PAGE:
He made the first blow with some trepidation but with increasing confidence the exterior was chipped away to expose the inner truth. The intended form began to emerge slowly but surely. Other tools were used as the finer work of finishing and perfecting the image took all his concentration. Now it was not brute force which was needed but a careful and gentle caressing to refine and redress the surface into a representation of translucent skin and folded fabric.

It was at this final stage that the fault in the marble revealed itself. A rare geological inclusion formed along with the rock but not part of it.  It had been there all the time but only became visible in this final stage … the Sculptor recoiled in horror at the blemish, this imperfection, this unexpected end to his commissioned work.

The short, irregular ruddy strip, perhaps some iron-rich mineral, followed a fold in the statue’s side. The Sculptor regained his composure and considered his options. He had never used colour in his creations. He regarded it as a distraction. His skill was to sculpt and polish. To take the raw material and lovingly recreate it into a thing of beauty that no one had ever seen before and could not have imagined existed within that original block of stone.  Should he discard months of work on this project and start again? What would continuing with it do for his reputation, for his own self-respect? His creativity was being seriously challenged but then inspiration struck him like the brightness of a summer sunrise.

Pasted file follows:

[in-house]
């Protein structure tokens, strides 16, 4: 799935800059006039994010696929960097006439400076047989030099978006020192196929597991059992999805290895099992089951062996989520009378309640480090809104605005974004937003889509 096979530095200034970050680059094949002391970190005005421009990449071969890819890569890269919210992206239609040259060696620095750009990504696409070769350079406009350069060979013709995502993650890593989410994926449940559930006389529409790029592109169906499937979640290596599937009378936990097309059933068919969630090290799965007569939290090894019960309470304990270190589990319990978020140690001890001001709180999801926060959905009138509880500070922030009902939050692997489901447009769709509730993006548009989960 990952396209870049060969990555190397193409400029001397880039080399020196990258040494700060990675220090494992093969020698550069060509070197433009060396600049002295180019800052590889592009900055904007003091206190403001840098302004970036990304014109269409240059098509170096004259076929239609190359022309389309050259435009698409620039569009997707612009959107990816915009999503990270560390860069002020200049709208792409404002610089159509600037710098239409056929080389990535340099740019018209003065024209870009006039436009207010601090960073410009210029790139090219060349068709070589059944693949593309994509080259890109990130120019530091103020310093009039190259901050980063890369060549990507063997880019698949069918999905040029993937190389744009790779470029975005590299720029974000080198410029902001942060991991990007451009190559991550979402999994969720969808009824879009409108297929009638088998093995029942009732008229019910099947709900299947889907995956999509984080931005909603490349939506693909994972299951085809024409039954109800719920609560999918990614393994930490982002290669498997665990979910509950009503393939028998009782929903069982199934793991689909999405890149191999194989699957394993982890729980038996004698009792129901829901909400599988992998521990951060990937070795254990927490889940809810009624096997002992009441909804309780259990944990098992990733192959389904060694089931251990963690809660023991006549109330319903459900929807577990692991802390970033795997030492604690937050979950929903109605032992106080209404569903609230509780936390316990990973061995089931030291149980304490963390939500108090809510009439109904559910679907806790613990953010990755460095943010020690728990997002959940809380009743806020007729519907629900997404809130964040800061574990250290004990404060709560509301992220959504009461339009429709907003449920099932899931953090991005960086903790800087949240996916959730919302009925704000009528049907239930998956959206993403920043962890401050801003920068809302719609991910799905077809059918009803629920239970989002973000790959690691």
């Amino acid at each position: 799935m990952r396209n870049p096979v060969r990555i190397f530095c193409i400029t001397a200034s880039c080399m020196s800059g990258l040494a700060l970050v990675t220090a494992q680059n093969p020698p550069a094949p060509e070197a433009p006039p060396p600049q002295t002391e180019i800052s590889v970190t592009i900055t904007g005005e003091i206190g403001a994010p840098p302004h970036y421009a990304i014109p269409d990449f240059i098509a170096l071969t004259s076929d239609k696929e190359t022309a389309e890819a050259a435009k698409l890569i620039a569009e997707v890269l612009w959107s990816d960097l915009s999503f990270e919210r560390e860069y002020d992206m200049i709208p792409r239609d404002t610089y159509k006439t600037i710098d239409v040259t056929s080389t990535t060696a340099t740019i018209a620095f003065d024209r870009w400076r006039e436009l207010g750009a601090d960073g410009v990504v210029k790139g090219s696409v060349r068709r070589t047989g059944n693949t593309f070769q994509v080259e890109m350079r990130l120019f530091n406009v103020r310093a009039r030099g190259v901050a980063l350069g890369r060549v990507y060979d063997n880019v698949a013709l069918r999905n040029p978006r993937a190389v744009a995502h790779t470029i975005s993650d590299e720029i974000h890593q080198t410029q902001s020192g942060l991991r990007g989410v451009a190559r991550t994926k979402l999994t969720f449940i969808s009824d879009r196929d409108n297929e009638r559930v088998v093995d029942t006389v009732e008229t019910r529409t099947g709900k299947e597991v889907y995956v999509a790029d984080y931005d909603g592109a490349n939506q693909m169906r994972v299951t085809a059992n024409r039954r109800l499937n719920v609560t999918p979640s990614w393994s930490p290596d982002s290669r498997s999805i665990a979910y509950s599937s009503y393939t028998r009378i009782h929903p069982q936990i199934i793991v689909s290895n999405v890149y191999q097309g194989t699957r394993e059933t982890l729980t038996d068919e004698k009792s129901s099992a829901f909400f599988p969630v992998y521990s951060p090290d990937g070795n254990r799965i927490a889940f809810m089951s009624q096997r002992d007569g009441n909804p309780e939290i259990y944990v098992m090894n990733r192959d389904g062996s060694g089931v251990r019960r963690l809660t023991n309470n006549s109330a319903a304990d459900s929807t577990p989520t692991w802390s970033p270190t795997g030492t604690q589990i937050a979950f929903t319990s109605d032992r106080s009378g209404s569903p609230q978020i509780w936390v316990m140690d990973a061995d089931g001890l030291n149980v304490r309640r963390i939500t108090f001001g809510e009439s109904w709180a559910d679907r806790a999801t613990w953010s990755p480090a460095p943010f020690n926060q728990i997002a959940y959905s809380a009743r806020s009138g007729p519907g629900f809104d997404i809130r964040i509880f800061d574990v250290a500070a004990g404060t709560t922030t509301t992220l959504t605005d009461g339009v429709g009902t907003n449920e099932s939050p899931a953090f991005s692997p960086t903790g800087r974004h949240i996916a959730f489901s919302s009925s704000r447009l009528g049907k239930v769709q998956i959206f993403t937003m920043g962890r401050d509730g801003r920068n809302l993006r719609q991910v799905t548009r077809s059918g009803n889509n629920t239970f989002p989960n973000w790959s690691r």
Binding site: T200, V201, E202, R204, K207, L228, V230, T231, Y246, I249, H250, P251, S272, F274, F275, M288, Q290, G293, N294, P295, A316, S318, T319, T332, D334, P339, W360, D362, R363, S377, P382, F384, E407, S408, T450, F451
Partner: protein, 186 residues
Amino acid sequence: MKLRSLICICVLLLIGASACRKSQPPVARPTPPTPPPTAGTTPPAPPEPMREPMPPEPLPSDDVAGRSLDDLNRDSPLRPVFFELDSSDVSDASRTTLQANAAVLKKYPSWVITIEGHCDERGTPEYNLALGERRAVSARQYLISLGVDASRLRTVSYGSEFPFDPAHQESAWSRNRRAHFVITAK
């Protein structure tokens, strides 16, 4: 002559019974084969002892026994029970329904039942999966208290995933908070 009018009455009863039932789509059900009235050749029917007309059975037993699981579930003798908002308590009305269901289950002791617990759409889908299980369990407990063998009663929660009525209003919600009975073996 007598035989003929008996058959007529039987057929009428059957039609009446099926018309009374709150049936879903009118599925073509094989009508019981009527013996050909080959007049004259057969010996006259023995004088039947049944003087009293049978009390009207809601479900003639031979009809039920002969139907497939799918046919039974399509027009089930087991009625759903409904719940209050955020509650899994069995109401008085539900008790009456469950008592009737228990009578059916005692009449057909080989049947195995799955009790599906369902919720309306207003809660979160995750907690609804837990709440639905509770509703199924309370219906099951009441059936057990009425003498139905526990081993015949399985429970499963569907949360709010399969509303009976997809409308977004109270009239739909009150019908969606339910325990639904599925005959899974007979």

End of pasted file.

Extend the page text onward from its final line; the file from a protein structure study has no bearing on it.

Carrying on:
This flaw was no accident – it would become the raison d’être of the work. The marble itself had provided the finishing touch to his masterpiece – something he would always look back on with humility and awe.

At the public unveiling the Sculptor waited nervously for the cloth to be withdrawn. He closed his eyes so he could better gauge the response of the gathering crowd. There was silence followed by a corporate intake of breath; a murmuring of wonder at how he had done it then the growing acknowledgement that this was something unique. The otherwise politely restrained audience expressed their delight and appreciation with an explosion of unanimous applause.

The Sculptor opened his eyes and looked again at the reclining figure: deathly white, the stigmata of crucifixion subtly crafted into the limbs and head. And that distinctive red stain in the torso, a perfect flaw which made the work priceless.

A small label on the plinth said simply, ‘It is finished!’




© 2017 Graham Oakes